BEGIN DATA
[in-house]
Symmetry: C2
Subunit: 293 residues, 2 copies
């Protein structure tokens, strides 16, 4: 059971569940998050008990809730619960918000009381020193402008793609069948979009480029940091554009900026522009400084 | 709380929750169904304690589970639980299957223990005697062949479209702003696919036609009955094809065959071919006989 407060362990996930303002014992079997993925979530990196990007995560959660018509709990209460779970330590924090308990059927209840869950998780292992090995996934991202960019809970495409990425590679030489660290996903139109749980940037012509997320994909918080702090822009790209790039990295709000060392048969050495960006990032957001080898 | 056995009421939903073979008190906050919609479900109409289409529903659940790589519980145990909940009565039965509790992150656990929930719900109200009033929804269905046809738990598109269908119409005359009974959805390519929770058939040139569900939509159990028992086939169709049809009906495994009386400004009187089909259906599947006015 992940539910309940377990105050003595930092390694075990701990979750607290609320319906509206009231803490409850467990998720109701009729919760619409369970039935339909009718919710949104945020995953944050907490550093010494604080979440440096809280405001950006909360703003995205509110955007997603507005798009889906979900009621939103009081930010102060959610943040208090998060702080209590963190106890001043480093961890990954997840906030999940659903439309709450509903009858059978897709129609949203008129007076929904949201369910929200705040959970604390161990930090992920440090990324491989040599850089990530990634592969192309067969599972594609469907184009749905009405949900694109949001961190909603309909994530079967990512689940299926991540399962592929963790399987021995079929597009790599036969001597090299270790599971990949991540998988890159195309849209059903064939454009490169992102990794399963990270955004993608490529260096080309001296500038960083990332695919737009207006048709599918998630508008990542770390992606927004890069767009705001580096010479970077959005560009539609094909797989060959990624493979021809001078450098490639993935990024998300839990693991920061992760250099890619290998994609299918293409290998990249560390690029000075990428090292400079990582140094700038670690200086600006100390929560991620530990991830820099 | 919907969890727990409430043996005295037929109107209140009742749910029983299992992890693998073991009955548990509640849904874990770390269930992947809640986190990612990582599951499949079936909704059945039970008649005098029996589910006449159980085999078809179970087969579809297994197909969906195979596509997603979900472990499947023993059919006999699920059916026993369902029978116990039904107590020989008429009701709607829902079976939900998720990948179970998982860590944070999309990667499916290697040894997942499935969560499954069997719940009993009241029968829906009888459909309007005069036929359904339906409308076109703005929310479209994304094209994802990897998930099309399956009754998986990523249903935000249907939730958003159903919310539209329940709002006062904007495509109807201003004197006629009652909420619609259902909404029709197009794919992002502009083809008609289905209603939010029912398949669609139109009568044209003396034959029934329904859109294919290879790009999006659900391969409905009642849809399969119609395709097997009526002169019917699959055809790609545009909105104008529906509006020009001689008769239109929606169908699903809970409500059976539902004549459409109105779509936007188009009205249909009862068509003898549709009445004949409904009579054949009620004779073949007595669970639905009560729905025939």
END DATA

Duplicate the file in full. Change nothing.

[in-house]
Symmetry: C2
Subunit: 293 residues, 2 copies
């Protein structure tokens, strides 16, 4: 059971569940998050008990809730619960918000009381020193402008793609069948979009480029940091554009900026522009400084 | 709380929750169904304690589970639980299957223990005697062949479209702003696919036609009955094809065959071919006989 407060362990996930303002014992079997993925979530990196990007995560959660018509709990209460779970330590924090308990059927209840869950998780292992090995996934991202960019809970495409990425590679030489660290996903139109749980940037012509997320994909918080702090822009790209790039990295709000060392048969050495960006990032957001080898 | 056995009421939903073979008190906050919609479900109409289409529903659940790589519980145990909940009565039965509790992150656990929930719900109200009033929804269905046809738990598109269908119409005359009974959805390519929770058939040139569900939509159990028992086939169709049809009906495994009386400004009187089909259906599947006015 992940539910309940377990105050003595930092390694075990701990979750607290609320319906509206009231803490409850467990998720109701009729919760619409369970039935339909009718919710949104945020995953944050907490550093010494604080979440440096809280405001950006909360703003995205509110955007997603507005798009889906979900009621939103009081930010102060959610943040208090998060702080209590963190106890001043480093961890990954997840906030999940659903439309709450509903009858059978897709129609949203008129007076929904949201369910929200705040959970604390161990930090992920440090990324491989040599850089990530990634592969192309067969599972594609469907184009749905009405949900694109949001961190909603309909994530079967990512689940299926991540399962592929963790399987021995079929597009790599036969001597090299270790599971990949991540998988890159195309849209059903064939454009490169992102990794399963990270955004993608490529260096080309001296500038960083990332695919737009207006048709599918998630508008990542770390992606927004890069767009705001580096010479970077959005560009539609094909797989060959990624493979021809001078450098490639993935990024998300839990693991920061992760250099890619290998994609299918293409290998990249560390690029000075990428090292400079990582140094700038670690200086600006100390929560991620530990991830820099 | 919907969890727990409430043996005295037929109107209140009742749910029983299992992890693998073991009955548990509640849904874990770390269930992947809640986190990612990582599951499949079936909704059945039970008649005098029996589910006449159980085999078809179970087969579809297994197909969906195979596509997603979900472990499947023993059919006999699920059916026993369902029978116990039904107590020989008429009701709607829902079976939900998720990948179970998982860590944070999309990667499916290697040894997942499935969560499954069997719940009993009241029968829906009888459909309007005069036929359904339906409308076109703005929310479209994304094209994802990897998930099309399956009754998986990523249903935000249907939730958003159903919310539209329940709002006062904007495509109807201003004197006629009652909420619609259902909404029709197009794919992002502009083809008609289905209603939010029912398949669609139109009568044209003396034959029934329904859109294919290879790009999006659900391969409905009642849809399969119609395709097997009526002169019917699959055809790609545009909105104008529906509006020009001689008769239109929606169908699903809970409500059976539902004549459409109105779509936007188009009205249909009862068509003898549709009445004949409904009579054949009620004779073949007595669970639905009560729905025939």